Hong Kong has produced Chinese cinema's biggest names, but for this former British colony's actors and directors, the future now lies in the thriving mainland market.
One of the territory's biggest stars is no exception. Andy Lau is spending more time away from his hometown, shooting period epics in China and filling mainland stadiums with his national concert tours.
But the 49-year-old veteran actor-singer is trying to preserve the Hong Kong industry's identity by channeling his earnings to lower-budget productions that highlight the cultural heritage of this southern city, which returned to Chinese rule in 1997.
On Monday, Lau spoke with reporters in a bungalow-style home in the scenic suburban Hong Kong neighborhood of Clearwater Bay as he got ready to shoot scenes for one of his latest investments, "To Tse," which means "Big Sister Tao" in the southern Chinese dialect Cantonese.
The $4.6 million production directed by Ann Hui is about the scion of an aristocratic family, played by Lau, who belatedly bonds with a longtime servant for the family, played by veteran actress Deannie Yip.
"When I invest in a movie, people say, 'Aren't you afraid? Aren't you afraid of losing money? These aren't the hottest stars. These aren't the biggest productions.' There are many questions. But sometimes I take action because I am moved by the sincerity of the project or the script," Lau said.
"I really work very hard, work very long hours every day to earn my money. I do not spend my money foolishly. But I think it's worth it when I invest my money in a way that makes me happy," he said.
Lau didn't reveal his current per-picture salary on Monday, but director Andrew Lau, no relation, once revealed in a TV interview that the actor had charged nearly HK$10 million ($1.3 million) for the hit 2002 crime thriller "Infernal Affairs." Lau's fee has likely risen since then given the booming mainland market.
Lau said he was barely spending any time in Hong Kong these days, instead busy belting out his hits for mainland fans and capitalizing on his stardom among entertainment-hungry Chinese audiences that accounted for a total box office of $1.55 billion last year. Lau has been the front man for most Chinese blockbusters in recent years, most recently a remake of the kung fu classic "Shaolin" and the fantasy-mystery "Detective Dee and the Mystery of the Phantom Flame."
"It's been a long time since I experienced the atmosphere of shooting in Hong Kong," he said.
"To Tse" is Lau's second recent investment in a Hong Kong production. His production company, Focus Films Ltd., also backed the 2010 kung fu comedy "Gallants." ''Gallants" was even cheaper than "To Tse," with a price tag of $642,000.
Their budgets pale in comparison to the expanding size of productions on the mainland. Another Hong Kong native, John Woo, returned from Hollywood several years ago to make the two-part historical epic "Red Cliff" in mainland China, which cost $80 million. But what they have in common is uniquely Hong Kong stories. "Gallants" combined a heartwarming and funny story of aging kung fu students staging a comeback with a throwback cast of 1970s and 1980s Hong Kong movie stars.
Lau's efforts have been warmly received in the Hong Kong community. "Gallants" was the big winner at the recent Hong Kong Film Critics Society awards, clinching best film and best actor for veteran Teddy Robin. It is up for seven honors at next month's Hong Kong Film Awards, including best film and best director.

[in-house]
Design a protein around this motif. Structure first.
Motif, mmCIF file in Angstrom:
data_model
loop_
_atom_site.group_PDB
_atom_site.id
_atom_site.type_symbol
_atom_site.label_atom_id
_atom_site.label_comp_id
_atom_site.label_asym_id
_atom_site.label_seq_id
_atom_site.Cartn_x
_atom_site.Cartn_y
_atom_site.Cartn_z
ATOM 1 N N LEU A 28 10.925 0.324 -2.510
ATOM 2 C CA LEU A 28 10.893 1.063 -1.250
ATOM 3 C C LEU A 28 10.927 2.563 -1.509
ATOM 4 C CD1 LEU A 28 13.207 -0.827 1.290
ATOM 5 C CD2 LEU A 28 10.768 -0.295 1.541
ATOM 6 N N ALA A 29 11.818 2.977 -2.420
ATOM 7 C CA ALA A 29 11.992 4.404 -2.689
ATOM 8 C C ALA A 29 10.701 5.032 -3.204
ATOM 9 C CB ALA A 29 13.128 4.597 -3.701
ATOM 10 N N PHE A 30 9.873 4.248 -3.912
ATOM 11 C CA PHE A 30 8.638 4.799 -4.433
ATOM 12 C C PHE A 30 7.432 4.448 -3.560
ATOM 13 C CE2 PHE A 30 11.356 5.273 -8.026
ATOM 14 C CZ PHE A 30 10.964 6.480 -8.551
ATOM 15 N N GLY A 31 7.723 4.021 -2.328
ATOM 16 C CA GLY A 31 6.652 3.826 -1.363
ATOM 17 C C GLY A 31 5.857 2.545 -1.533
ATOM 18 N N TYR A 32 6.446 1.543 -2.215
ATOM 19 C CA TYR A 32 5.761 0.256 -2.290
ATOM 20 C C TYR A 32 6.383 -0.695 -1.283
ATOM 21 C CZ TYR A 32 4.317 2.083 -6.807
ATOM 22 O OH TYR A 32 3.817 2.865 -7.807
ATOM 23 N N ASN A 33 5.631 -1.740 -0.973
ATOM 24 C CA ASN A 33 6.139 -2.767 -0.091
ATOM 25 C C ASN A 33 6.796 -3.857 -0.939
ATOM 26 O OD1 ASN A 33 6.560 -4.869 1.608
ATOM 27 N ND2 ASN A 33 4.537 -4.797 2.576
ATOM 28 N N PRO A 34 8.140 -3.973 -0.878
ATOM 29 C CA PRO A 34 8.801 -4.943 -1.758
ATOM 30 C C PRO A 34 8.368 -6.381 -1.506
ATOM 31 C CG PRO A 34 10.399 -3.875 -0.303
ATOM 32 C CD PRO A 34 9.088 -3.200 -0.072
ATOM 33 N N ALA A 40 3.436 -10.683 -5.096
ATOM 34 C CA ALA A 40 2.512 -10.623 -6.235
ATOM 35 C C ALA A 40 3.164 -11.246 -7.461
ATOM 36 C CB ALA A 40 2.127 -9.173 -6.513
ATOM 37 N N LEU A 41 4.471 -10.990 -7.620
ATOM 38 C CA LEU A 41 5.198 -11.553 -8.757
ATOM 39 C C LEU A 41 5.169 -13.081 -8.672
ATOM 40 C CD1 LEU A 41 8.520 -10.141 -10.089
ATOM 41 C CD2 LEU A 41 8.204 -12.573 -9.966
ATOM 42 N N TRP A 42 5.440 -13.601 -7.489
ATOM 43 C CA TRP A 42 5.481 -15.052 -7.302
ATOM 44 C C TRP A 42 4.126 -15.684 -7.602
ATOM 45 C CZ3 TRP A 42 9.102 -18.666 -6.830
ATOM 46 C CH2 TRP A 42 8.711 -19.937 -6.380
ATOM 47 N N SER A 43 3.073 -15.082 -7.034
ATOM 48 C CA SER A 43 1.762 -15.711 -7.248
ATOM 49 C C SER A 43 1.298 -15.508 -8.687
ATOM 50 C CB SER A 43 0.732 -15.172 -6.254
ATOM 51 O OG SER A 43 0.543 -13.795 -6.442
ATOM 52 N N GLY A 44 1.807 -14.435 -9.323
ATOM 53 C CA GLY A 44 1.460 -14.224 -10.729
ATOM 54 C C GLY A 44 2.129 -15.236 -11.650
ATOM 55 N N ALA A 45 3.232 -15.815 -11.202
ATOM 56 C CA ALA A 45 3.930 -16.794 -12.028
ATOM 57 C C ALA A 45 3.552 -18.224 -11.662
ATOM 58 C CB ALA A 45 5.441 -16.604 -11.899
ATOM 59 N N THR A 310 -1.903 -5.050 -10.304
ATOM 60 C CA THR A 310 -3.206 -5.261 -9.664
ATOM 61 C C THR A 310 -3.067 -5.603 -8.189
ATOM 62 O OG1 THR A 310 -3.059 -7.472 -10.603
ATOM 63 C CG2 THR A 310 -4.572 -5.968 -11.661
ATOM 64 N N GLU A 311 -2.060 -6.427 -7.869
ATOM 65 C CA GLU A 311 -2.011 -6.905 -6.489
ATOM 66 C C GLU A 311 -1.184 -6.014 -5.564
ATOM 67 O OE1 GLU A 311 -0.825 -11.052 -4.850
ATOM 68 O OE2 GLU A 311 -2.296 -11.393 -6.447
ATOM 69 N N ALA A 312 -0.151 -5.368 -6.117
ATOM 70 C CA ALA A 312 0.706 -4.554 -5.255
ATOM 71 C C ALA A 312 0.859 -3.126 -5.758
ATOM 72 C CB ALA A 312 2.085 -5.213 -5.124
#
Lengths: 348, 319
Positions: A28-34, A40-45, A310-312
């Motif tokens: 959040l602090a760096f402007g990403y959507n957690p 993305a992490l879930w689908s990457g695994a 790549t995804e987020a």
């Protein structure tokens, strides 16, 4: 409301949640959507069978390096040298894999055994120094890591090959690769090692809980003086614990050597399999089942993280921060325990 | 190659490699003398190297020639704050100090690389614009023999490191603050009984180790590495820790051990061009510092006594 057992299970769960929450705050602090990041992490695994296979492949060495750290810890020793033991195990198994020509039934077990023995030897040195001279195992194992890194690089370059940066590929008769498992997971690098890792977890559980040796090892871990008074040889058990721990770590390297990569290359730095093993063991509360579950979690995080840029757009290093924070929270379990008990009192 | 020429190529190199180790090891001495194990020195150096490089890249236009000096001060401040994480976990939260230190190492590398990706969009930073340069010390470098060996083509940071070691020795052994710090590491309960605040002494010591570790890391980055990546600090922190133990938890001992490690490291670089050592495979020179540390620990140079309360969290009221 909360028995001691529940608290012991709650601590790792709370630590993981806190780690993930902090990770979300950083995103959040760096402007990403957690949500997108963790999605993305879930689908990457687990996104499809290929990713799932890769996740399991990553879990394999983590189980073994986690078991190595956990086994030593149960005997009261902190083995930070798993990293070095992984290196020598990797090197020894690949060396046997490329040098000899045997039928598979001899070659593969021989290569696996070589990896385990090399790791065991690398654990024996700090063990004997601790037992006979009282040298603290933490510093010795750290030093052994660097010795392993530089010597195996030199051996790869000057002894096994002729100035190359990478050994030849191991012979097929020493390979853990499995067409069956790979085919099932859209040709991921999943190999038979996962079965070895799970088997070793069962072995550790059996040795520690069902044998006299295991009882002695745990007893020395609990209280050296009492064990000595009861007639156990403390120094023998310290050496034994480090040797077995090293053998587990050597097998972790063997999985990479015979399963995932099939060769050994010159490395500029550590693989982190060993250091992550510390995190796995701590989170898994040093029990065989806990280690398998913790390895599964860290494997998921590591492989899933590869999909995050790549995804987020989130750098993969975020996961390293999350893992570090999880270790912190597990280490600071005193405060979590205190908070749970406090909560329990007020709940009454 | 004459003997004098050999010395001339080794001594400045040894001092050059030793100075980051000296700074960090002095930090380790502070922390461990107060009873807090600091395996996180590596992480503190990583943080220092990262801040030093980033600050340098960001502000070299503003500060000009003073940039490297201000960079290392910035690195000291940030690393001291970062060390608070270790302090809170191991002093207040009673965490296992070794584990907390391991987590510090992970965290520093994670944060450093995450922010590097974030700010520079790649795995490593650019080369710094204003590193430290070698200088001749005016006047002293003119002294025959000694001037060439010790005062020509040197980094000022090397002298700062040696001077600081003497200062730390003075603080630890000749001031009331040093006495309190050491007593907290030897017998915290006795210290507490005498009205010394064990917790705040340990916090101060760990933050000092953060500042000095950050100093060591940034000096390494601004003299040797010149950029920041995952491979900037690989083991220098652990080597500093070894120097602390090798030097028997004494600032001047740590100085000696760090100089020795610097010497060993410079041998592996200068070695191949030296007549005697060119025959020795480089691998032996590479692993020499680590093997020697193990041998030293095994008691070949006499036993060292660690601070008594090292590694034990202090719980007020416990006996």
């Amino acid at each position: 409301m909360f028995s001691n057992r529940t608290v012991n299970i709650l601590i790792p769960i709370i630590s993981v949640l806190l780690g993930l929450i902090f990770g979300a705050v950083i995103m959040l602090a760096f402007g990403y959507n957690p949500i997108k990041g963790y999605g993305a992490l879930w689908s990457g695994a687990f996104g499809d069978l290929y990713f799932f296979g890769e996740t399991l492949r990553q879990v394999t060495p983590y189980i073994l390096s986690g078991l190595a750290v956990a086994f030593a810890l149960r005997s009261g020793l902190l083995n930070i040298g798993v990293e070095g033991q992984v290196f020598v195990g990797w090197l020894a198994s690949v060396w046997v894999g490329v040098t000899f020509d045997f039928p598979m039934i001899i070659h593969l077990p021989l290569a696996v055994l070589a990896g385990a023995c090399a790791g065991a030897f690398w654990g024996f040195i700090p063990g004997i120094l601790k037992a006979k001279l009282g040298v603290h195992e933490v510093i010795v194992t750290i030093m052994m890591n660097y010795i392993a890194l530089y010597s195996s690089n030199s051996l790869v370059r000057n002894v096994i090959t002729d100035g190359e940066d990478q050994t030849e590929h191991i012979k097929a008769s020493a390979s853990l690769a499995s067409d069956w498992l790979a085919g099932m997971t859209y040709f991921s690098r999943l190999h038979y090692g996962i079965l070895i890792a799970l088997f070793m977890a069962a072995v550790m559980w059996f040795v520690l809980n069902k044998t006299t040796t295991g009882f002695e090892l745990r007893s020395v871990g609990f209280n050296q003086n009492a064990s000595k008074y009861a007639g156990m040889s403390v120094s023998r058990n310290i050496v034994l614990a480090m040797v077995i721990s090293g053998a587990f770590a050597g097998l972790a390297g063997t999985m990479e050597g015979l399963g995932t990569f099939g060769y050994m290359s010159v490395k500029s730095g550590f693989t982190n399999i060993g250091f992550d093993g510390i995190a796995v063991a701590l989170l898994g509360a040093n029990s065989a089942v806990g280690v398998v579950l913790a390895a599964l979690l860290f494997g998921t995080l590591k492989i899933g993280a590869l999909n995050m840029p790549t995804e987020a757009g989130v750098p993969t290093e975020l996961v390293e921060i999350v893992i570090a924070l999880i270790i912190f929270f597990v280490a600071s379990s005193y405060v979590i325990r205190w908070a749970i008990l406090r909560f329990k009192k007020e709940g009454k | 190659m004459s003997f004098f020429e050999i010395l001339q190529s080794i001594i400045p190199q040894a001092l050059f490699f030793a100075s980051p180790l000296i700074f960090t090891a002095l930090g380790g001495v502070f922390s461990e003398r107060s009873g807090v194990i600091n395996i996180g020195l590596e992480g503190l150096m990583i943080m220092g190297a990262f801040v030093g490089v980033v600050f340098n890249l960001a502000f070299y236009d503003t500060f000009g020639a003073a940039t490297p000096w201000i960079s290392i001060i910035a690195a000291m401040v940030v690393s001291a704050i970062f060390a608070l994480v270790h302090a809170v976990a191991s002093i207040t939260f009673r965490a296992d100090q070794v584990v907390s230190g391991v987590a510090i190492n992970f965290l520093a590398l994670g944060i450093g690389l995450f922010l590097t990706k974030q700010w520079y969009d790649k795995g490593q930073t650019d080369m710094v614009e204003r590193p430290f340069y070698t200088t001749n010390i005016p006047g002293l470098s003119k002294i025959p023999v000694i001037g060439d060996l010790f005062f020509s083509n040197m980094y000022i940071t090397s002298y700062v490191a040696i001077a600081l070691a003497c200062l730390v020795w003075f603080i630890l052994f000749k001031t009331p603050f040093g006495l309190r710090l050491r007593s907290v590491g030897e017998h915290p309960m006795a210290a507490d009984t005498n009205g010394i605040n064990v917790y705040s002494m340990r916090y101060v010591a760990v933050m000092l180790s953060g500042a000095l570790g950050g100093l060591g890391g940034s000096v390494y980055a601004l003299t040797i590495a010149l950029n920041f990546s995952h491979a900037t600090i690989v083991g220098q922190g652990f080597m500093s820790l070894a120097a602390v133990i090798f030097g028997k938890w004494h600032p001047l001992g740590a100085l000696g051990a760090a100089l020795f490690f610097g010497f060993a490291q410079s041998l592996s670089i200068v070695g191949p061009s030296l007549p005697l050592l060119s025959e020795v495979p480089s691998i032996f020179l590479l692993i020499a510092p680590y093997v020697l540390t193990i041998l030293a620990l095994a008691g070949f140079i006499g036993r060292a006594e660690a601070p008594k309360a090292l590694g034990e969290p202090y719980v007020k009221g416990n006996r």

"To Tse" also offers Lau the chance to repay a debt of gratitude to director Hui, who helped launch the actor's career when she cast him in her 1982 drama "Boat People," about a Japanese reporter who visits postwar Vietnam.
"I just think that I admire her principled approach to her work," Lau said.
Hui is one of the local directors who has sort of fallen by the wayside amid the rise of big-budget Chinese productions. She excels in Hong Kong-set family and domestic dramas that win critical acclaim, but struggles to find viewers on the mainland.
The 64-year-old filmmaker joked to reporters Monday that her career was nearly over.
"I am more or less done," she said as she laughed. When a reporter said she was a big fan of hers, Hui responded, "It doesn't matter if you say that. My box office results are poor. I hope the results are better for this movie."
Even though "To Tse" is clearly geared toward a Hong Kong audience, production executives aren't giving up on the mainland market either. In a sign of the changing economics of Hong Kong productions, publicists for the movie bused in about 20 mainland reporters for Monday's press call. Lau, Yip and Hui devoted a big chunk of the 90-minute event meeting with the Chinese press corps, reserving little time for Hong Kong journalists.
The cultural differences between Hong Kong and mainland China were also on display.
Lau and Yip, though fairly fluent in the national dialect of Mandarin, occasionally dipped into English phrases — a legacy of Hong Kong's colonial rule — before searching for the equivalent Mandarin term.
One mainland reporter questioned whether Chinese audiences could relate to the relationship between a wealthy man and his servant — given servants are a rarity for rank-and-file mainlanders, although now increasingly affordable for wealthy urbanites.
While mainland China is now enjoying the fruits of rapid economic growth after years of political upheaval and central economic planning, Hong Kong has long enjoyed a high standard of living thanks to its bustling port economy. Filipino maids and domestic helpers from other Southeast Asian countries are common among middle-class Hong Kong families, let alone the super wealthy.